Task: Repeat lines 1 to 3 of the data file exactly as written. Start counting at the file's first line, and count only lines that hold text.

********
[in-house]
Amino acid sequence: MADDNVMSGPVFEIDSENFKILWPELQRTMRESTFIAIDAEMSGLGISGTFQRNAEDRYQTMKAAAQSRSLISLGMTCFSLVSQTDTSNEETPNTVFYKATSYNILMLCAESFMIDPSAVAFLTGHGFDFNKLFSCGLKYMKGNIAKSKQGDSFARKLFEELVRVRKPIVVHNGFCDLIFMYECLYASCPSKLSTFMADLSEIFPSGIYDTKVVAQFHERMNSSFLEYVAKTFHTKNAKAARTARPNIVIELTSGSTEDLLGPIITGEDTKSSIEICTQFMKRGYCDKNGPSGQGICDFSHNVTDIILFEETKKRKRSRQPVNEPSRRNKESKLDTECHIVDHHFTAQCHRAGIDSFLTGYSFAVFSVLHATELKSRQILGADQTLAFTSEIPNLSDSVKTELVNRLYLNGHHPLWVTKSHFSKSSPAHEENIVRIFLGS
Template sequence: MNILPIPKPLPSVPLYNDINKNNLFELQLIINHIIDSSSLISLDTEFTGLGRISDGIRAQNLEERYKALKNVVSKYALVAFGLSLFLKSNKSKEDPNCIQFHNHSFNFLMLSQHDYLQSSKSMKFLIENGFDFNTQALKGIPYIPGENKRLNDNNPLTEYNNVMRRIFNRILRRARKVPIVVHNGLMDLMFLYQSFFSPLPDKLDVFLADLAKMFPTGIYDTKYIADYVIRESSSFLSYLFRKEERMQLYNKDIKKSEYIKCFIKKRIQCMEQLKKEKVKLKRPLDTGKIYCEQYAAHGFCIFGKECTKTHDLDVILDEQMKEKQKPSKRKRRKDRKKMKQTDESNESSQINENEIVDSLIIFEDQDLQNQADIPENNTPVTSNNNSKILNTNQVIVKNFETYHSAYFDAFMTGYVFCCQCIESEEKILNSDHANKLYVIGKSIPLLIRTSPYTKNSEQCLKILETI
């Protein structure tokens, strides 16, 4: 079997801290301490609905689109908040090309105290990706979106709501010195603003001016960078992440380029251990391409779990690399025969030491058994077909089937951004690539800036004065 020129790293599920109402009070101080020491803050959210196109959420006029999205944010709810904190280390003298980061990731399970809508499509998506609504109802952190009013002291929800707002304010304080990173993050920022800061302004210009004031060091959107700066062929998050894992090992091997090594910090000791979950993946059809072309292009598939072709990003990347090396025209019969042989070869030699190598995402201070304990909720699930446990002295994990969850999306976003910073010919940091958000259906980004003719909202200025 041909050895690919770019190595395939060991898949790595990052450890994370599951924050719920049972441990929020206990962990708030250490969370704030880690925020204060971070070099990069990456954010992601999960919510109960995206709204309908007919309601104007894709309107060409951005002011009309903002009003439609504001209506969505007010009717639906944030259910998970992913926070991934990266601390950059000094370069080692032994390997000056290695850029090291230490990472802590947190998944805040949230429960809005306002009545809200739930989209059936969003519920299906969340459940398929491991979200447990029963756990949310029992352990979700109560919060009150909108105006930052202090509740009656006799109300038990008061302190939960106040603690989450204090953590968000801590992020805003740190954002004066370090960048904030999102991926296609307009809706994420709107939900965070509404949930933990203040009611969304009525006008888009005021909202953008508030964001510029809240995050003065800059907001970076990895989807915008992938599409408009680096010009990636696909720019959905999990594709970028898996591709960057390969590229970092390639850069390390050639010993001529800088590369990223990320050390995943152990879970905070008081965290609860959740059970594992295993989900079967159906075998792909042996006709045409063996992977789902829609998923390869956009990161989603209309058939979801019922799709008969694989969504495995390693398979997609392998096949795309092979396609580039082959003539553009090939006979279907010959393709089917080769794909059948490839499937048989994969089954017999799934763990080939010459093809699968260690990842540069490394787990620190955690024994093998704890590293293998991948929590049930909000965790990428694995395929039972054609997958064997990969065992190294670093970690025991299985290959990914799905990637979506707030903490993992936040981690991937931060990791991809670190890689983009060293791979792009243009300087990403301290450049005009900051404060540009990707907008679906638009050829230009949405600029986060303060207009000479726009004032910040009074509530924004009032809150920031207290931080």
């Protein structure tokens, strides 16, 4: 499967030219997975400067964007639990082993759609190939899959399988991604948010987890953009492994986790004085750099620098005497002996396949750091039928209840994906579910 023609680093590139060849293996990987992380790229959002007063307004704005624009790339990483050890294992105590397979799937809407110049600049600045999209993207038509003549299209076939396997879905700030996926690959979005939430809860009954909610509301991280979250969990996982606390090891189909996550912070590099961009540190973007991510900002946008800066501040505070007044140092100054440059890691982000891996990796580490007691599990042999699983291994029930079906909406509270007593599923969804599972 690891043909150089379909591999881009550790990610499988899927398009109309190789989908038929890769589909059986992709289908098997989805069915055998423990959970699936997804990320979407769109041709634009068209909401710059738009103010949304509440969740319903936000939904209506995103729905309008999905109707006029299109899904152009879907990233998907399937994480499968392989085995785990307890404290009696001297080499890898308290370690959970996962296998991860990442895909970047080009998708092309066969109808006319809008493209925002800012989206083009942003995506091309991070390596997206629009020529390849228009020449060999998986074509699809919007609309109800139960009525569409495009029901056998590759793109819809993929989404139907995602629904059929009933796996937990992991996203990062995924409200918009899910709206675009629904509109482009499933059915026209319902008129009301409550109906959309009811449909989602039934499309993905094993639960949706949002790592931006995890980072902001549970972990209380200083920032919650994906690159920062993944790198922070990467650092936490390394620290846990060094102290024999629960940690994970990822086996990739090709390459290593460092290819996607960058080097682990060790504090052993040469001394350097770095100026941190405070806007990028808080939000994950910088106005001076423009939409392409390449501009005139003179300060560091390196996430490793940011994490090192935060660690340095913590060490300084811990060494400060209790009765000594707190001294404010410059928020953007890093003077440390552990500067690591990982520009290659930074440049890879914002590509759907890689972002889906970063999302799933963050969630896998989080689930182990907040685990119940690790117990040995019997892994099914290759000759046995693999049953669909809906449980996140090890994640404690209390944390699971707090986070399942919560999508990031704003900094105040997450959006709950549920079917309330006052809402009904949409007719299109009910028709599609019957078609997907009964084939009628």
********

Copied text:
[in-house]
Amino acid sequence: MADDNVMSGPVFEIDSENFKILWPELQRTMRESTFIAIDAEMSGLGISGTFQRNAEDRYQTMKAAAQSRSLISLGMTCFSLVSQTDTSNEETPNTVFYKATSYNILMLCAESFMIDPSAVAFLTGHGFDFNKLFSCGLKYMKGNIAKSKQGDSFARKLFEELVRVRKPIVVHNGFCDLIFMYECLYASCPSKLSTFMADLSEIFPSGIYDTKVVAQFHERMNSSFLEYVAKTFHTKNAKAARTARPNIVIELTSGSTEDLLGPIITGEDTKSSIEICTQFMKRGYCDKNGPSGQGICDFSHNVTDIILFEETKKRKRSRQPVNEPSRRNKESKLDTECHIVDHHFTAQCHRAGIDSFLTGYSFAVFSVLHATELKSRQILGADQTLAFTSEIPNLSDSVKTELVNRLYLNGHHPLWVTKSHFSKSSPAHEENIVRIFLGS
Template sequence: MNILPIPKPLPSVPLYNDINKNNLFELQLIINHIIDSSSLISLDTEFTGLGRISDGIRAQNLEERYKALKNVVSKYALVAFGLSLFLKSNKSKEDPNCIQFHNHSFNFLMLSQHDYLQSSKSMKFLIENGFDFNTQALKGIPYIPGENKRLNDNNPLTEYNNVMRRIFNRILRRARKVPIVVHNGLMDLMFLYQSFFSPLPDKLDVFLADLAKMFPTGIYDTKYIADYVIRESSSFLSYLFRKEERMQLYNKDIKKSEYIKCFIKKRIQCMEQLKKEKVKLKRPLDTGKIYCEQYAAHGFCIFGKECTKTHDLDVILDEQMKEKQKPSKRKRRKDRKKMKQTDESNESSQINENEIVDSLIIFEDQDLQNQADIPENNTPVTSNNNSKILNTNQVIVKNFETYHSAYFDAFMTGYVFCCQCIESEEKILNSDHANKLYVIGKSIPLLIRTSPYTKNSEQCLKILETI